Sunday, July 22, 2012

Utah's Top Two 24th of July Holiday Celebrations Cleverly Compared and Contrasted

Not all Utah 24th of July celebrations are cut from the same green Jell-O mold, pardners.

We'll highlight a couple of morning Standard-Examiner articles with a unique slant.  The S-E's Beckey Cairns has done the reportorial footwork to put together these two stories, cleverly contrasting and comparing Utah's top two 24th of July holiday celebrations.  Not all Utah 24th of July celebrations are "cut from the same green Jell-O mold, pardners":
Not exactly the kind of red meat political fodder you'll usually find on Weber County Forum, but nevertheless interesting, informative and creative, we thought.

So what about it, WCF readers; what are your plans for our unique late July Utah holiday, wherein we honor our proud pioneer legacy and western tradition?


Marco said...

 I'm not quite sure what I'll do to celebrate Pioneer Day, but I'm pretty sure adult beverages will be involved.

OneWhoKnows2 said...

Diddo and maybe a goatman BBQ?

Bob Becker said...

Despite living here now a decade, have to say Pioneer Day still does not feel like "my" holiday the way, say, July 4th does. Last year, as I recall, there was a good article in the SLTrib, which triggered a long discussion thread that actually had some substantive give and take well beyond the Mormon Haters vs. True Believers meme which all too often dominates SLTrib threads. The article discussed parade organizers in SLC actively looking for ways to make the parade in particular, and the celebration in general, one for all Utahns, not just a Mormon parade/celebration.  A celebration of the settlement of what would be the state of Utah, so to speak, not exclusively a celebration of the establishment of Zion.

I recall commenting that while I approved of those efforts, and thought them a good idea, the fact was Pioneer Day didn't feel like a holiday for me [me not being LDS] when I arrived, and it still doesn't today.   It still feels very much like an Mormon celebration for Mormon Uthans, and only peripherally, if at all, a broader "Founders Day" celebration for all Utahns.

Not sure that's fixable in the short term [half a century], and before anyone pounces, no, I'm not suggesting in any way that the celebration be entirely secular.  Ignoring the LDS origins of the settlement of Utah would be (a) profoundly a-historical and (b) wrong. Make no more sense than ignoring the role of religion in the founding of Plymouth Colony and Massachusetts Bay.  The problem is how to broaden the Pioneer Day celebration beyond that in the way Thanksgiving Day has ceased being just about the establishment of the Puritan's City Upon A Hill in the new world, and I don't think anyone's figured out, in a practical way, how to do that yet.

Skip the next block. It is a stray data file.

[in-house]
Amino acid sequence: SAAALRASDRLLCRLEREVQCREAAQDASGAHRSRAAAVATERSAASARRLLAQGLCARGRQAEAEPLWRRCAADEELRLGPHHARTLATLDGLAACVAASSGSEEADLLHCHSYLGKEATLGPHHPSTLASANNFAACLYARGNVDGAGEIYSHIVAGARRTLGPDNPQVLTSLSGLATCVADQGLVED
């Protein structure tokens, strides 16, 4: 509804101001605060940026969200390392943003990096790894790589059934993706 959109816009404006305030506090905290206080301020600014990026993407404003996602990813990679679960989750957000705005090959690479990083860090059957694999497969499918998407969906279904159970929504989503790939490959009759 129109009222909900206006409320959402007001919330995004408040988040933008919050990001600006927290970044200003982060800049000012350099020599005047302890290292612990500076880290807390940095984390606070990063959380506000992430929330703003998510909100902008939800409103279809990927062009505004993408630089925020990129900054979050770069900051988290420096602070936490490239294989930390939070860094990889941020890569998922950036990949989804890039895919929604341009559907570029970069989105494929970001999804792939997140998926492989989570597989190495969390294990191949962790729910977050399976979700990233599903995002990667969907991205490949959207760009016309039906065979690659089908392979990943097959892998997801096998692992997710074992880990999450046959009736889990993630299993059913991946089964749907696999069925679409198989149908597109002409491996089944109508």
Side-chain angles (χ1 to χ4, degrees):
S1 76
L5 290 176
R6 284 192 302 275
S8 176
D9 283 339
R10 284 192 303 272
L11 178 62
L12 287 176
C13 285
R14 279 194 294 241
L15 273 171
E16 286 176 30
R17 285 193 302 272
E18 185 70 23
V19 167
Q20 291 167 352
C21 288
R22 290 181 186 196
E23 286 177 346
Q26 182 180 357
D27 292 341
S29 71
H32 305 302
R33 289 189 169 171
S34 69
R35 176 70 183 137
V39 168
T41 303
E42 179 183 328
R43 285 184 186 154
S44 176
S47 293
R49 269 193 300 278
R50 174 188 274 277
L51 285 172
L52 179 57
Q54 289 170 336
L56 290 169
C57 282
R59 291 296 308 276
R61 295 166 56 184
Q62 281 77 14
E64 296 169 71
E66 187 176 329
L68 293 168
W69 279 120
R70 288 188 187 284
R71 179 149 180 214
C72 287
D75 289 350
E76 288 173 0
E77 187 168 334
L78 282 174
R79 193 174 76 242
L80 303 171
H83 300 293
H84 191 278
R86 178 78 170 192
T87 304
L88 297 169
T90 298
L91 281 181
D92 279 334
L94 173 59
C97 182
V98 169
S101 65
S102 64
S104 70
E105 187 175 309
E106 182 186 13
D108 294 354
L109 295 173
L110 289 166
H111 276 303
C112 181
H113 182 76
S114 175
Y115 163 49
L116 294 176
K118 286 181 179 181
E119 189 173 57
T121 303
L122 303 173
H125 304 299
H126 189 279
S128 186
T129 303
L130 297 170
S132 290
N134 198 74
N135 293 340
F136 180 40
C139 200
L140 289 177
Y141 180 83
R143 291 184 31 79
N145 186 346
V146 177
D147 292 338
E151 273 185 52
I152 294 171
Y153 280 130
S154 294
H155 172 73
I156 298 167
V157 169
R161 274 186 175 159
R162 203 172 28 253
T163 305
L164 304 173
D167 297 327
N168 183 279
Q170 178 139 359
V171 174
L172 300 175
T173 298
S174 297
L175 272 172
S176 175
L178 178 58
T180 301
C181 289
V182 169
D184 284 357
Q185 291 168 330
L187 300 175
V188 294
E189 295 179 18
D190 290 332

PS  Let me also add that no LDS colleague or neighbor or friend has ever suggested to me, explicitly or implicitly, by word or deed, that Pioneer Day is "not for non-Mormons."   Nevertheless, that's how it still feels to me, ten years into being a resident of the Beehive State.

rudizink said...

From the first above-linked SE story:  "While Salt Lake City festivities focused on pioneers arriving before the
coming of the railroad in 1869, [Harmon] Peery designed Ogden’s activities to
focus on all of the pioneers settling the state before and after that
time, from the American Indians to the Chinese railroad workers, says
grandson Robert Peery King of Ogden."

I think the Ogden version stays fairly true to former Mayor Peery's vision, Bob.   A big element of the Ogden event is also  "western American culture," of course, which is only a minor facet of SLC's Days of '47 celebration.

And I also agree with you.  In Utah, the 4th of July is one of the most sadly underplayed holidays in the official Utah holiday calender.

Val Holley said...

I see progress. You're now spelling Utahn correctly.

Bob Becker said...

It's my Sierra Club training: conservation in all things.  If you can save a letter, save it. 

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